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Veterans take the lead in KBO

Baseball’s aging stars outshine the youth as season heats up
May 23,2018
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From left: Lim Chang Yong of the Kia Tigers, 41; Jeong Seong-hoon of the Kia Tigers, 37; Park Han-yi of the Samsung Lions, 39. [ILGAN SPORTS]
A few grey hairs never hurt anyone.

This season, veterans are turning out to be the shining stars of the Korea Baseball Organization (KBO). In the beginning of the season, rookies got off to an outstanding start. However, veterans aren’t losing many spots on KBO lineups, and are now outperforming newer players.

On May 15, the Kia Tigers defeated the Nexen Heroes 2-1 on May 15 at Gocheok Sky Dome in western Seoul thanks to closer Lim Chang-yong, 41, and infielder Jeong Seong-hoon, 37. While the two teams were tied up at 1-1, Jeong entered the batters’ box as a designated hitter at the top of the ninth inning and brought in an RBI to lead the Tigers to victory. Lim then got on the mound and threw for a scoreless inning to pick up his second save of the season.

Kim Se-hyun, the Tigers’ closer, was dropped down to the futures league, so Lim has been covering the closing role. Lim didn’t disappoint his team and its fans. During the Tigers’ game against the Samsung Lions, Lim successfully maintained the team’s one-run lead at the bottom of ninth to pick up his first save of the season. The game allowed Lim, who is one month away from turning 42, to become the oldest pitcher in KBO history to record a save. Two days later, he picked up another save against the Heroes.

“I’ll try to continue my save record,” said Lim.

Tigers’ manager Kim Ki-tae said, “Lim Chang-yong will be our closer for a while.”

Though Lim is not able to throw a fastball at 160 kilometers (99 miles) per hour, which he used to do when he was younger, his speed hasn’t dropped off too much - his pitches can still reach 150 kilometers per hour.

“I’m confident in my ball speed,” Lim said.

As of Tuesday’s game, Lim has an ERA of 2.12 with three saves and four holds.

Jeong, who was released by the LG Twins, re-joined his former team, the Tigers, this season. After the 2017 season, the Twins released the majority of its older players to encourage a generational shift under manager Ryu Joong-il. Jeong had no choice but to sign a contract with the Tigers for 100 million won ($93,068), less than a third of his previous salary.

Jeong said, “I’m thankful to the Kia Tigers for giving me this opportunity. I’ll try my best to fulfill the role that’s given to me.”

Jeong has become a crucial backup player in the Tigers’ lineup. He has a 0.359 batting average with two home runs and 10 RBIs. When Lee Bum-ho was out for an injury, Jeong successfully covered for Lee at third base, and eventually set the KBO record for most career games.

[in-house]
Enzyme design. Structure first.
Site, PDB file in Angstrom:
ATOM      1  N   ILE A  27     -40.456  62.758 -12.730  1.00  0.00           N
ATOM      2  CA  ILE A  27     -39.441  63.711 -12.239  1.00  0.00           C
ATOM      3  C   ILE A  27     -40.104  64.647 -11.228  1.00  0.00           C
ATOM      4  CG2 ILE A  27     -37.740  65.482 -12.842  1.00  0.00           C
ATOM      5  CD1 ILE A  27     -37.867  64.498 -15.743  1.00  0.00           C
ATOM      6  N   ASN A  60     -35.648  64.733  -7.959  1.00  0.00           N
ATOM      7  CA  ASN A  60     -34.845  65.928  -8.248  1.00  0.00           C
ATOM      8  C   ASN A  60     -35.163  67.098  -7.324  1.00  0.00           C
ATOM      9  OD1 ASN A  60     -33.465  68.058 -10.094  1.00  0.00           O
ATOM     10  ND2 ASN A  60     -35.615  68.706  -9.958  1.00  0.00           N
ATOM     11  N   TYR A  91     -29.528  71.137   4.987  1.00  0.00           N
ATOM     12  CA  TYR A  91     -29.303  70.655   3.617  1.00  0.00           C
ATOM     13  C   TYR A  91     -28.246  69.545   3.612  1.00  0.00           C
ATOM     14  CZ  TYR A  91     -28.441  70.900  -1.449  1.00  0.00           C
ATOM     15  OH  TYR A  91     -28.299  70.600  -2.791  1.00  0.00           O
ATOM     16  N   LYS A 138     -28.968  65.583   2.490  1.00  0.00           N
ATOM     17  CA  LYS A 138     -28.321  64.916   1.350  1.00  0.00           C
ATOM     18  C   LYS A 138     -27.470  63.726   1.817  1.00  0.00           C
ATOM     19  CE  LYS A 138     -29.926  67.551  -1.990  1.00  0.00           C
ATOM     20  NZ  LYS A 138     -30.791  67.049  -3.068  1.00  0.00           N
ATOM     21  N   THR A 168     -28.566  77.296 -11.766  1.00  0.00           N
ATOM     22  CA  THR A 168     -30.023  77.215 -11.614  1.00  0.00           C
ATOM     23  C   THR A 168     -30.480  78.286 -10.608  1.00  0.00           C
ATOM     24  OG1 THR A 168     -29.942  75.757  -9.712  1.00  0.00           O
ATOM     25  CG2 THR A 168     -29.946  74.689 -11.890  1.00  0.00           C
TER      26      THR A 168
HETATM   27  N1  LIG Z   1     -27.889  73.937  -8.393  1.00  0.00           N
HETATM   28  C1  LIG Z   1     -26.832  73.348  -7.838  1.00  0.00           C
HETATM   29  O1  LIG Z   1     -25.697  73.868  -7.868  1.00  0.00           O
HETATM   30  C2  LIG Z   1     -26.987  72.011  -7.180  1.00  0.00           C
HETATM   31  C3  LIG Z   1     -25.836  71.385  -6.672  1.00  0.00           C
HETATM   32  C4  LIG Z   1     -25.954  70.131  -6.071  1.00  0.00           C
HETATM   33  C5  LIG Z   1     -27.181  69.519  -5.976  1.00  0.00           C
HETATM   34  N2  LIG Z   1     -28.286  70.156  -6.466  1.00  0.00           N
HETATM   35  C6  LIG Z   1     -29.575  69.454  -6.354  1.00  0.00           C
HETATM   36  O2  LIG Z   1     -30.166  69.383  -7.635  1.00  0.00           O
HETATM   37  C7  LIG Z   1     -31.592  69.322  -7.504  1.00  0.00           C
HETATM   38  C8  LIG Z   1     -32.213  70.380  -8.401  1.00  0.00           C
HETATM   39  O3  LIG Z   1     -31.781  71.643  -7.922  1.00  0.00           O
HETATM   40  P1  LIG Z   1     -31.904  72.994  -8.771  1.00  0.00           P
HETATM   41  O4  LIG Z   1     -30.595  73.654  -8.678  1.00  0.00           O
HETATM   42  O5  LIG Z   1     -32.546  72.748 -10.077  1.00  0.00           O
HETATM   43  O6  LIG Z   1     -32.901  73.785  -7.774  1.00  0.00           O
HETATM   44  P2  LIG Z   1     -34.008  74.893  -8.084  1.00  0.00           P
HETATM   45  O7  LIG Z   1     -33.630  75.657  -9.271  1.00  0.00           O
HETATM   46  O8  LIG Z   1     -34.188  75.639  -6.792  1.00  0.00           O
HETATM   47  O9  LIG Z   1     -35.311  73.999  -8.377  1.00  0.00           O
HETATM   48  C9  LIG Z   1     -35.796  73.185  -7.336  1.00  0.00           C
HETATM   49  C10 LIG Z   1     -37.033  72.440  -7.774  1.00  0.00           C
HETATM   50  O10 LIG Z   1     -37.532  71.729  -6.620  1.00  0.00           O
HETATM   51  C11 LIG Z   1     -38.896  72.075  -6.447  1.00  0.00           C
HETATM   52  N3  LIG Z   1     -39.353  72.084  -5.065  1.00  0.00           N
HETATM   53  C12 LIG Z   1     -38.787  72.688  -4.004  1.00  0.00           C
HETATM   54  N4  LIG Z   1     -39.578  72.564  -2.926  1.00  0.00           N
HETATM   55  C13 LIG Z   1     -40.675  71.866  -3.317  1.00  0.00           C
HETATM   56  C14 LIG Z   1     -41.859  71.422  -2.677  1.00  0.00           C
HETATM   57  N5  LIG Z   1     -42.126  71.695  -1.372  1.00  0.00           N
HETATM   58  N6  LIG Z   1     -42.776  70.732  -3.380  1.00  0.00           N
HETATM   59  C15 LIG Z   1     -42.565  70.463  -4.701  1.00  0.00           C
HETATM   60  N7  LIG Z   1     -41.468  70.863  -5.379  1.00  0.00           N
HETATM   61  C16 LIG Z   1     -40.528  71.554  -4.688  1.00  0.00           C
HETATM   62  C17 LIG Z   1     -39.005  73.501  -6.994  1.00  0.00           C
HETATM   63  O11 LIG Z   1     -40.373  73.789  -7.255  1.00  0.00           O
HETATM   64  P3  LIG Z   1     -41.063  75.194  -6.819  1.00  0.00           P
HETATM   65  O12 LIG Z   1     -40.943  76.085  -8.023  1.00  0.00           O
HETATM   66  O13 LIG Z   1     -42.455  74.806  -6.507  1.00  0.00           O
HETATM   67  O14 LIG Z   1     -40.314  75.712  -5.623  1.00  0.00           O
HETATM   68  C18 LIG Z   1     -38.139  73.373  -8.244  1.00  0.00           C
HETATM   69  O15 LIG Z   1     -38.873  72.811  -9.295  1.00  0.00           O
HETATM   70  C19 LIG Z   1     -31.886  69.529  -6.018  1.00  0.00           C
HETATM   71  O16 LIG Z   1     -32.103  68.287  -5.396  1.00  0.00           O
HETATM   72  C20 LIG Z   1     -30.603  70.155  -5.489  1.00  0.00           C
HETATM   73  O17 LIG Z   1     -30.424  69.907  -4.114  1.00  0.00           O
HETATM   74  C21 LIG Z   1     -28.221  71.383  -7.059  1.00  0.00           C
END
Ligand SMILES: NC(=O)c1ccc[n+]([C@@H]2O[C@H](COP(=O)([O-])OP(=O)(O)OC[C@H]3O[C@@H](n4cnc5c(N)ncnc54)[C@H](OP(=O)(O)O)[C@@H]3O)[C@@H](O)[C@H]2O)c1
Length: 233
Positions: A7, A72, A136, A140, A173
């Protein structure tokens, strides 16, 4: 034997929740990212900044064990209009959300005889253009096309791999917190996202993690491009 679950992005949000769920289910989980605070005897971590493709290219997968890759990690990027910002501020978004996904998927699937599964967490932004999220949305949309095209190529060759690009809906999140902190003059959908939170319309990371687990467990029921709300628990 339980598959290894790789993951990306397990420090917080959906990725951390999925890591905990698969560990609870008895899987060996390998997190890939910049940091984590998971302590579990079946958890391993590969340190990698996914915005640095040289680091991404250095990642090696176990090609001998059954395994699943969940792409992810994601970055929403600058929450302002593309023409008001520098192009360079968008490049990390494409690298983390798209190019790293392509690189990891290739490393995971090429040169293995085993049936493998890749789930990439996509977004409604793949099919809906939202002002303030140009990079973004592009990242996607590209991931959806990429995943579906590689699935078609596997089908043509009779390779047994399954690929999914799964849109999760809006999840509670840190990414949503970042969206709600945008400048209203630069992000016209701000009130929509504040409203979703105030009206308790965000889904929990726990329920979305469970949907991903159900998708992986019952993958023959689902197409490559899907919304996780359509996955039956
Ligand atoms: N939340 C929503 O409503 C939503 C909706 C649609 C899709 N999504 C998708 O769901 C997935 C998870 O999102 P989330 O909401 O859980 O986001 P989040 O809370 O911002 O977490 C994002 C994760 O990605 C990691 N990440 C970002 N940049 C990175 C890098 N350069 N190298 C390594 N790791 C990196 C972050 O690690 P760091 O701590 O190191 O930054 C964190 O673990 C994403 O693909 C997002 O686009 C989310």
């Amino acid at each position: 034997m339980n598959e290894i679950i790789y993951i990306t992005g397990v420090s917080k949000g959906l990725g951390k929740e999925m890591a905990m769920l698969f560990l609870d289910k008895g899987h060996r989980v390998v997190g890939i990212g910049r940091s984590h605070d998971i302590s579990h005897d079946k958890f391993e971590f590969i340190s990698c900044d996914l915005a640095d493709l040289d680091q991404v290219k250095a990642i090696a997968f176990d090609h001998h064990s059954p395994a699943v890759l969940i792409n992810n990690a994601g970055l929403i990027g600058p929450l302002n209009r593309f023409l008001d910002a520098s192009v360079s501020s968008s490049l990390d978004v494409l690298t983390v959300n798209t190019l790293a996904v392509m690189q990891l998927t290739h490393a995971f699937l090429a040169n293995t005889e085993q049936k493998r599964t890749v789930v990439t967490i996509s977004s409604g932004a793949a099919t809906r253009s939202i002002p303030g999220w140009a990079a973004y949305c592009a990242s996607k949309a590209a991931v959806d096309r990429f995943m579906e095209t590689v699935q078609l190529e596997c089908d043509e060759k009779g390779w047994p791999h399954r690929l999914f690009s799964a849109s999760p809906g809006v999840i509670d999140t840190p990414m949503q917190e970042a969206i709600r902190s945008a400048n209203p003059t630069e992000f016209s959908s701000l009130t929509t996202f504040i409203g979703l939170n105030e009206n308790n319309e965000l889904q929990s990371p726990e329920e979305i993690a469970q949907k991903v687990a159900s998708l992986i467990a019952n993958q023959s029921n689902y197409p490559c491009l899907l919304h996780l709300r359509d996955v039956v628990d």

Like Lim, Jeong tops his own record regularly.

“Baseball is fun these days,” Jeong said. “It’s been a while since I’ve been on third base, and it’s really fun.”

Throughout the 2017 season, Jeong’s playing time decreased significantly as the Twins’ generational shift continued. Jeong mostly played as a substitute last season.

“It was hard at first,” Jeong said. “[In the beginning], I started walking around with a bat right from the first inning. But this season, thanks to my experience [as a designated hitter last year], I don’t have much of a problem playing as a designated hitter.”

Park Han-yi, 39, has helped keep the Samsung Lions from taking the last spot in the standings this season. After Lee Seung-yuop retired after the 2017 season, Park is now the oldest player on the team. Park, who made his KBO debut in 2001, got off to a slow start this season after suffering from a knee injury. Due to the injury, Park was excluded from the starting lineup after the first 10 games. Once he got back on the field in May, he is back to full strength, and has a 0.385 batting average with two home runs and 12 RBIs in May.

“I don’t have much time left in my baseball career,” said Park. “I don’t want to be an embarrassing player.”

The Heroes are missing the majority of its key players, but Lee Taek-keun, 37, has been a crucial force on the Heroes’ batting lineup. At the beginning of the season, Lee wasn’t included in the starting lineup for the team’s first game, as he injured his knee during offseason training. However, once he got back on the lineup on April 14, Lee’s started hitting well.

As of Tuesday’s game, Lee has a batting average of 0.305 with two home run and 20 RBIs.

“Lee Taek-keun doesn’t tell us even when he’s injured, because he feels a strong responsibility,” said Jang Jung-seok, the manager of the Heroes. “The coaching staff ask the trainer first to check on his condition.”

Baseball players are playing for longer thanks to a more structured training system and bigger contracts.

“In the beginning of the professional league, not many players were willing to continue their career after their 30s,” said Heo Goo-yeon, a commentator for MBC Sports Plus. “As the baseball industry got better, the income of the players went up as well. Due to this, players have to take better care of their body to extend their career, which also allowed the KBO to have more veteran players.”

BY KIM HYO-KYUNG [kang.yoorim@joongang.co.kr]